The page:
The Canadian charity and non-profit sector are an important part of the Canadian economy and have a huge impact on the lives of Canadians. With the registered charity sector (approximately 86,000 organizations) the public has up-to-date and detailed information. Unfortunately, with the 80-100,000 non-profits that are not registered charities (we don't even know how many there are) we have almost no information on the size and scope of that sector and there is little transparency on individual non-profits that are not registered charities.
The Special Senate Committee on the Charitable Sector has started having meetings and inviting witnesses. We covered the details of the mandate at Senate appoints Special Committee on the Charitable Sector to look at laws and policies and impact Here are the dates of the recent meetings (with either a link to the transcript or video webcast).
The Department of Finance has released the 2018 Report on Federal Tax Expenditures. The document is over 300 pages and discusses the financial costs of certain Canadian tax measures including donation tax incentives. These costs are referred to as "tax expenditures". On page 287 there is an extensive discussion of the tax assistance for publicly listed securities or marketable securities under the heading "Evaluation of the Non-Taxation of Capital Gains on Donations of Publicly Listed Securities". Anyone interested in the topic of donating appreciable marketable security to charities will find the discussion interesting.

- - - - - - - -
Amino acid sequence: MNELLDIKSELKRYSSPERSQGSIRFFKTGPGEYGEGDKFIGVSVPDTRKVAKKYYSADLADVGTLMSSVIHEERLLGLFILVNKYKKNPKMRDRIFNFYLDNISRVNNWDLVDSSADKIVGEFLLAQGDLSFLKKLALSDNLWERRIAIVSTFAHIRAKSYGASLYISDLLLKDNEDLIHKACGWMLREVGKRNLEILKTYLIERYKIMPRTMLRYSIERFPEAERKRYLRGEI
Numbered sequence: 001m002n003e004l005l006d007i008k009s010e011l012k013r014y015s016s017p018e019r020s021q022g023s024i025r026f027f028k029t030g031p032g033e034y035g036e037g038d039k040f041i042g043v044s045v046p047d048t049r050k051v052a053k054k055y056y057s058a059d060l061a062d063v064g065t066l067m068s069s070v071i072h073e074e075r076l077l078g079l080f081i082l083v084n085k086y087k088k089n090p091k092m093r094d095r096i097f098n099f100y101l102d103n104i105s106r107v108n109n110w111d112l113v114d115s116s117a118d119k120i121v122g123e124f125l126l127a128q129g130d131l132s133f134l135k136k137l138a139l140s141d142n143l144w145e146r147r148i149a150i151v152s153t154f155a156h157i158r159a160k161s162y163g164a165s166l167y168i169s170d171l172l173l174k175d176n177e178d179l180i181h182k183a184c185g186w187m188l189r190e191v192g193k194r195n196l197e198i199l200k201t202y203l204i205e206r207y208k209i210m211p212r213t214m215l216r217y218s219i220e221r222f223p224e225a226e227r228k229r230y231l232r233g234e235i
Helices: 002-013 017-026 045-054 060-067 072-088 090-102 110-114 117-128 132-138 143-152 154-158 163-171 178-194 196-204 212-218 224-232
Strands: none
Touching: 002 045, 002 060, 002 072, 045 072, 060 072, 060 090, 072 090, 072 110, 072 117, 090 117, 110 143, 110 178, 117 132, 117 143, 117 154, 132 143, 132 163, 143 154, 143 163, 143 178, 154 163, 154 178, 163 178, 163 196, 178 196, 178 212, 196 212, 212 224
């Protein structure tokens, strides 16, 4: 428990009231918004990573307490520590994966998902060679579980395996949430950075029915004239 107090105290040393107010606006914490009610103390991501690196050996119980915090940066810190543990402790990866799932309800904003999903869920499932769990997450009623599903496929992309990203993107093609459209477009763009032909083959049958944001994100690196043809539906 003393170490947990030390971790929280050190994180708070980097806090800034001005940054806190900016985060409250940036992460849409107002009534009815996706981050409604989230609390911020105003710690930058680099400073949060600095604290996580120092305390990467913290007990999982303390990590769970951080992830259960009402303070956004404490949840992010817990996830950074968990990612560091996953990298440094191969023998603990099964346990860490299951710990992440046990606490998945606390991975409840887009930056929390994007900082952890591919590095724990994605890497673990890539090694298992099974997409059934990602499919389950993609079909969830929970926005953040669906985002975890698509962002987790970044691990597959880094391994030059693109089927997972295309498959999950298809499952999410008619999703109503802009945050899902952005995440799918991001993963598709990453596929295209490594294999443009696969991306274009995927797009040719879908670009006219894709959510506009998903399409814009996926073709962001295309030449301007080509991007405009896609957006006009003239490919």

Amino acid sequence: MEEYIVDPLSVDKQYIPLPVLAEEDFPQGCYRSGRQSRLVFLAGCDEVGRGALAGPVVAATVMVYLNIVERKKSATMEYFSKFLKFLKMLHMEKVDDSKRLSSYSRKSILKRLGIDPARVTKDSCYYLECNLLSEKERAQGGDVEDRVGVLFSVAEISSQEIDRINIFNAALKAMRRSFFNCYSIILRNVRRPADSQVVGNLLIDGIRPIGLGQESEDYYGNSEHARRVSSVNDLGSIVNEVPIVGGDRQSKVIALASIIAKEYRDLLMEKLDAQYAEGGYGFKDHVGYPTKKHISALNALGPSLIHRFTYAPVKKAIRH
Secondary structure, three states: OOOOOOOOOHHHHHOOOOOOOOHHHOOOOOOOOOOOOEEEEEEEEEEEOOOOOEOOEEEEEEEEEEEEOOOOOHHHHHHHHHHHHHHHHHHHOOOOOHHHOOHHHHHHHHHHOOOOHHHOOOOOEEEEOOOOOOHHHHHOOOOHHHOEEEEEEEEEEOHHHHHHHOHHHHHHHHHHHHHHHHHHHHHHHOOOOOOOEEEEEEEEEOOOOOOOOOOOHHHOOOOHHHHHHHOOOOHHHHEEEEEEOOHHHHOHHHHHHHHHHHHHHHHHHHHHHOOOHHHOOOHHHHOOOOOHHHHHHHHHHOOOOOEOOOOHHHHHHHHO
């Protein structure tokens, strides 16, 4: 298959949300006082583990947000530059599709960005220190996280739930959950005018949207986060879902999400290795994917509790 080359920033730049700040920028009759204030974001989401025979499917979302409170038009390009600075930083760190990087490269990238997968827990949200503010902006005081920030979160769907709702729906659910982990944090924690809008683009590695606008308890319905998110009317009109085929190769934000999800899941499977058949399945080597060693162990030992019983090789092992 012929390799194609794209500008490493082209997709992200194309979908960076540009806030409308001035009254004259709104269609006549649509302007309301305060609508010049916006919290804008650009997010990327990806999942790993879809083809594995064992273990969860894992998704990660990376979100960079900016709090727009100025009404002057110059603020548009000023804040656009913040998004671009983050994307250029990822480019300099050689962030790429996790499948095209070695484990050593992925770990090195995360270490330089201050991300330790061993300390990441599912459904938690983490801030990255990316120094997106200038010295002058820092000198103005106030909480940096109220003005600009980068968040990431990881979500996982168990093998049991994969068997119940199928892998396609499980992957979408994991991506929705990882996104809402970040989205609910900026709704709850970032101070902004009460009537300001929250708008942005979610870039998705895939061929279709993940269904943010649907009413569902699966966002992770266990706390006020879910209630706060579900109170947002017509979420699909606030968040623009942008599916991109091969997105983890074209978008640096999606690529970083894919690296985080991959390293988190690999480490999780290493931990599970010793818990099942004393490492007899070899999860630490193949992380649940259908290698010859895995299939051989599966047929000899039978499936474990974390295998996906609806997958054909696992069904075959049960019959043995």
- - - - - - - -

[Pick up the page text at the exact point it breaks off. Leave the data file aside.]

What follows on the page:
There are over 2.5m pages on the Government of Canada's website and only a few thousand deal with registered charities. Here are some tips on finding information on registered charities. However, keep in mind that information and legal advice are two very different matters - if the issue is important and involves potentially large consequences consider obtaining professional legal advice from a lawyer who is very knowledgeable about non-profits and charities and consequently probably spends most of their time practicing in the narrow confines of charity and non-profit law.
Understanding legal compliance for registered charities is not easy but Blumbergs is offering exciting new upcoming events in 2018 that will help.
We are adding some exciting new functionality with CharityData.ca First, it is easy to see what gifts a Canadian registered charity gives to another Canadian registered charity on the CRA website. But what if you want to know which charities gave funds to a particular charity? Now you can do this on CharityData.ca by looking under the "Fundraising" tab. Second, we are going to be updating the data used on the site to include all 2016 data and some 2017 data. Third, we have added a number of new ways to search or sort all charities on the "Advanced Charity Search Page" Page. There are now about 30 ways to filter or search. Here is some more information on Charitydata.ca: